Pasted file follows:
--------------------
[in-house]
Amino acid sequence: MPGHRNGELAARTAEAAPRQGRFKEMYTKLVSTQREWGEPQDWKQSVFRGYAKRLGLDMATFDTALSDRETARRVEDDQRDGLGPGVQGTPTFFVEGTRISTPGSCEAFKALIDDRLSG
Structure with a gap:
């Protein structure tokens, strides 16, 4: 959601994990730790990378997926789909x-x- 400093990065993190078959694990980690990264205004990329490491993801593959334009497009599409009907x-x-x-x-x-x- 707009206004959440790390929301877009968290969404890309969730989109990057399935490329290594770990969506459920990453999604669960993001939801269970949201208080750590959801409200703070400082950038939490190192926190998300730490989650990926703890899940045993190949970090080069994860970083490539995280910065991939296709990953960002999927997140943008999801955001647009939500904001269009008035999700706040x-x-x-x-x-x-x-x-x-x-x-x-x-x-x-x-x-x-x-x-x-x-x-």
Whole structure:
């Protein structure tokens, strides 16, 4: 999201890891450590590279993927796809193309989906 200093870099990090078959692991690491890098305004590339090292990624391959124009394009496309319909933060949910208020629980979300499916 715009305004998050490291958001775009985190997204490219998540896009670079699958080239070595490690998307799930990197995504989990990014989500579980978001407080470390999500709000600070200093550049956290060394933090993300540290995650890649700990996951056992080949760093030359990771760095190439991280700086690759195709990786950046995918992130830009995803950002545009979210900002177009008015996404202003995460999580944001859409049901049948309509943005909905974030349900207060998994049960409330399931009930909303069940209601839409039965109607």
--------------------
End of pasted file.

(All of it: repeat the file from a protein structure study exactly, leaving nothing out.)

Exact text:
[in-house]
Amino acid sequence: MPGHRNGELAARTAEAAPRQGRFKEMYTKLVSTQREWGEPQDWKQSVFRGYAKRLGLDMATFDTALSDRETARRVEDDQRDGLGPGVQGTPTFFVEGTRISTPGSCEAFKALIDDRLSG
Structure with a gap:
């Protein structure tokens, strides 16, 4: 959601994990730790990378997926789909x-x- 400093990065993190078959694990980690990264205004990329490491993801593959334009497009599409009907x-x-x-x-x-x- 707009206004959440790390929301877009968290969404890309969730989109990057399935490329290594770990969506459920990453999604669960993001939801269970949201208080750590959801409200703070400082950038939490190192926190998300730490989650990926703890899940045993190949970090080069994860970083490539995280910065991939296709990953960002999927997140943008999801955001647009939500904001269009008035999700706040x-x-x-x-x-x-x-x-x-x-x-x-x-x-x-x-x-x-x-x-x-x-x-």
Whole structure:
């Protein structure tokens, strides 16, 4: 999201890891450590590279993927796809193309989906 200093870099990090078959692991690491890098305004590339090292990624391959124009394009496309319909933060949910208020629980979300499916 715009305004998050490291958001775009985190997204490219998540896009670079699958080239070595490690998307799930990197995504989990990014989500579980978001407080470390999500709000600070200093550049956290060394933090993300540290995650890649700990996951056992080949760093030359990771760095190439991280700086690759195709990786950046995918992130830009995803950002545009979210900002177009008015996404202003995460999580944001859409049901049948309509943005909905974030349900207060998994049960409330399931009930909303069940209601839409039965109607």